We do not care. We, clearly, love this process and are grateful to you for showing us.

    that is all

    1. Remember the beginning of Nita with Mort when Nick was the Devil? Definitely preliminary sketch.
      Noodling.

      1. I do remember, and I loved it then as much as I do now. It was a different thing.

        All the iterations get you closer to what makes you delighted with (or not irate with) your own work.

        I have a deep and abiding affection for work where I have to do more thinking. Most of my favorite graphic work from other people is very loose pen and ink work – the scritchy-ness and the corrections through iteration rather than erasing and redrawing, watching someone reaching for a concept or a depiction I find really exciting. It feels like watching you writing.

        1. I love watching people sketch to find the heart of the image. Which is a good thing since I started out as an art teacher and did a lot of watching,

          My favorite drawing lesson was negative spaces. Kids would look at a still life and see a pear and draw the pear in their heads, not the pear in front of them. So I’d make the draw the spaces in between the objects, the parts that weren’t there because those were abstracts and they’d have to actually draw the space in front of them. They loved it because their drawings were so much better.

          I think that’s basically my approach to romance writing, too. I don’t want long sections of people gazing into each other eyes talking about how much they love each other. I want air conditioners and stray dogs and food and drawings in the margins of the specials menu. The spaces in between the talk.

  7. I just had to laugh with the 1-2-3 of Van and Lily explaining the two part pass. and Cheryl saying “I don’t like to lie”.

    The flat eyes made me think he was a bad guy, but if Cheryl likes him, then he’s okay.

    Thanks for the additional scenes.

  8. The pass is becoming like the muffin/donut thing and I love it! XD the dead eyes did make me think evil character, so hard to turn him into someone Cheryl likes so quickly, but realistically there’s more time passing there.

  9. The two-part pass theme is really singing for me. I love it… and the line killed me: “This diner is going to get a lot more popular once people figure out the special,” Fin said.

    I am loving this process. Not looking down is certainly a great way to make art….

    Thanks for sharing.

  10. So Riley is Ford Brown! That makes sense. But a bit close – can’t he be a bit more of a cross between Ford and Joey/Shane? For some future story, it’d be fun to have a spin that the assassin is a woman – have you read any of Dana DeLeon’s Miss Fortune stuff? Fortune being a kick ass female CIA agent/assassin.

    1. Nope. Ford Brown was FBI and he didn’t look anything at all like Character-To-Be-Renamed-Later. No dead eyes.

      I’m not sure who this guy is, but he’s not the law and he’s not a hit man. Given the way these pieces are going, he’s some kind of hired fixer, working outside the margins (“I live on the edge”), in the dark, not illuminated.

      I don’t know what’s going on with that motif, but it does keep popping up.

      1. Insurance Investigator. Doesn’t care who did what to whom nor why. Just wants to determine the extent of the company’s liability.

    2. Is Ford Brown the undercover guy in Faking It? Because there was an echo for me, too. Which I’m sure will go away when he’s developed further.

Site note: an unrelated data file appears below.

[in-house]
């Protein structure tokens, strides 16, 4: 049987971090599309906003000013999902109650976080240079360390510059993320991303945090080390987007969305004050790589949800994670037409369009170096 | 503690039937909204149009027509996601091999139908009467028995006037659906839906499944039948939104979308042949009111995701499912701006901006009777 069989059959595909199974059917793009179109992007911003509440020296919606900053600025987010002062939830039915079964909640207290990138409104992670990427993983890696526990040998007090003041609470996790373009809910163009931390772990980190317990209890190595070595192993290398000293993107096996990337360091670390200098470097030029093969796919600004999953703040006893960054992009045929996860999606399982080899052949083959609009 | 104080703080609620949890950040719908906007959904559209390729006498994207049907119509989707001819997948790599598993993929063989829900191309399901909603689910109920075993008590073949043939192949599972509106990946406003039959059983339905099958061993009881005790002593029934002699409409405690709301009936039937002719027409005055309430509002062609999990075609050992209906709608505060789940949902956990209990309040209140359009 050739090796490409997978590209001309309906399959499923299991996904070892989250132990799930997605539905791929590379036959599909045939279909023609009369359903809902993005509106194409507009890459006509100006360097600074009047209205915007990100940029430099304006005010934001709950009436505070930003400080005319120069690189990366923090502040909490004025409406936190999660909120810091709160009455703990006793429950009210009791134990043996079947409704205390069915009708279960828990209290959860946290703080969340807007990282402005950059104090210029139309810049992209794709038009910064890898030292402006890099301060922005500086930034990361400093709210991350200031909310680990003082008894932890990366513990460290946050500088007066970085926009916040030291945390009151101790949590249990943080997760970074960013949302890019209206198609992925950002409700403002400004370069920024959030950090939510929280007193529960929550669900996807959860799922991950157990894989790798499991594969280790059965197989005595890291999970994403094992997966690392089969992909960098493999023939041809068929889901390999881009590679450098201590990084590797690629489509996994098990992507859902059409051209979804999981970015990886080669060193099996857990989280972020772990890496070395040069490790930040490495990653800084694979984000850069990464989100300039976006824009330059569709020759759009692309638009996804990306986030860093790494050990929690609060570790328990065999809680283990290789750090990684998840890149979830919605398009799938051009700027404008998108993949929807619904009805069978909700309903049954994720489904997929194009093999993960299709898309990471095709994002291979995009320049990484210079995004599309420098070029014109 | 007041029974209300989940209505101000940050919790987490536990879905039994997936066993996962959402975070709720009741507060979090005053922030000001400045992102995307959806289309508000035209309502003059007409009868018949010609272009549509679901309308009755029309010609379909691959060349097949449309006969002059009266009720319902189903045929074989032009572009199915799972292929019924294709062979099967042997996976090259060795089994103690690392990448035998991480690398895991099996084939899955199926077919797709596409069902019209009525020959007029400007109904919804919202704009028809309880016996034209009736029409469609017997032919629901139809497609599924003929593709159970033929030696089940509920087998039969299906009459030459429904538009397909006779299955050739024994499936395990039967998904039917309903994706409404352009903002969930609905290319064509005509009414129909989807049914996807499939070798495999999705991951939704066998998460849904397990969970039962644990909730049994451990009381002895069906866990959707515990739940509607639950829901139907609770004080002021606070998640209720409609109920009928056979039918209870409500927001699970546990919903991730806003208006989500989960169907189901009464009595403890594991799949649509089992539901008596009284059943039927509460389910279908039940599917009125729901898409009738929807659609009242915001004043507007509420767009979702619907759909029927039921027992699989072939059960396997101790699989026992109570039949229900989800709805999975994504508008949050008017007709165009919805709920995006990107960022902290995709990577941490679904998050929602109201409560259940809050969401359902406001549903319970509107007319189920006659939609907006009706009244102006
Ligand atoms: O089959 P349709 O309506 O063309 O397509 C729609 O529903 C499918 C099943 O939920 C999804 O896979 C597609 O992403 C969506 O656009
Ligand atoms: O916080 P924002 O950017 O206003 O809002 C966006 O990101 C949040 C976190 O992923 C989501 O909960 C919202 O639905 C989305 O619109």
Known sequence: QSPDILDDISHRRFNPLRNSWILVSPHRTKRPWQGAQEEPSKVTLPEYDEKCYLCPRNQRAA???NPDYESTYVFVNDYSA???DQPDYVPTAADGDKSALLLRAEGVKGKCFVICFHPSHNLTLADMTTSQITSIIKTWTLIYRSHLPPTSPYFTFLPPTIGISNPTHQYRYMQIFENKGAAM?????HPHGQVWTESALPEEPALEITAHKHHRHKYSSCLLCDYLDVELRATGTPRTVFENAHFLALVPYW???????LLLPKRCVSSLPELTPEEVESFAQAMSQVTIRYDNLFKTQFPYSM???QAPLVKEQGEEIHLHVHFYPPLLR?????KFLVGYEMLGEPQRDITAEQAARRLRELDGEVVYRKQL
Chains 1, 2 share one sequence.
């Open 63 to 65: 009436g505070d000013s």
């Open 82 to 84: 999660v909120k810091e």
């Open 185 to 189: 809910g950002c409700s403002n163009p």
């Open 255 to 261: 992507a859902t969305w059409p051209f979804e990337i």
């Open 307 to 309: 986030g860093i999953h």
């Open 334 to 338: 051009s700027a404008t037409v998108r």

1. I think that it is just that he is quiet and competent. And possibly has a false name.

    1. Well, Bjorn is an English prof and it was Van’s minor.

      I’m toying with the idea of the black suit telling Lily his name is Mortimer Arthur. Bjorn and Van would have a good time with that, although Black Suit would have to be an idiot to do that in a college town. Unless he wanted the reference.

      1. Who is Mortimer Arthur? Someone in literature? Because I don’t remember the name, and I was an English major at one point. Of course, I don’t remember my name, half the time, so that doesn’t necessarily mean anything.

  11. On please have Clea stop a stop by. I would love to find out a snippet about how the the gang is doing. I bet she could have a thing with Uncle Lewis or someone else shady.

    1. I have no idea what Clea is doing, or even how old she is now since Nadine is in her early thirties. I don’t even know where she is, but I’m positive she wouldn’t be in a New Jersey diner or in a teaching museum.

  12. Off-topic for Lily, but not for Argh… a trio of Georgette Heyer books are on sale on Amazon right now: Frederica, the Grand Sophy, and Arabella. Search for Georgette Heyer’s Greatest Hits. Even if you own two of the three, as I do, it’s still cheaper than buying any one of them separately.

    1. I’ve been re-reading Heyer like mad. The Grand Sophy never fails.

      When I started writing a million years ago, I wanted to be love child of Georgette Heyer and Dorothy Parker. I thought if I could make anybody as happy as Heyer made me every time I picked up a book, I’d have justified the space I took up and the air I breathed. Parker was there for the razor wit and the layers upon layers upon layers (“Trapped like a trap in a trap”) but Heyer brought the relief.

      If you don’t have the books already, buy the bundle, Argh people.

        1. You would like The Talisman Ring and The Grand Sophy. Sophy in particular is a kickass heroine, and Sarah in The Talisman Ring is one of my all time faves, although it takes her awhile to get on stage. And they both get exasperated heroes they deserve. They’re fun.

          Warning: Like most historical, they start slow. And they’re both stories that establish communities, the family Sophy rescues and the band that forms in Talisman, so there’s a lot of set-up. And warning: Sophy has an anti-Semitic subplot, or at least a subplot that casts the only Jew in the book as a criminal lender, so I just skim that part.

          But I purely love the proposal at the end of Talisman, both the way he frames it and the way she answers. So not Romantic, but such a clue to how incredibly happy they’re going to be.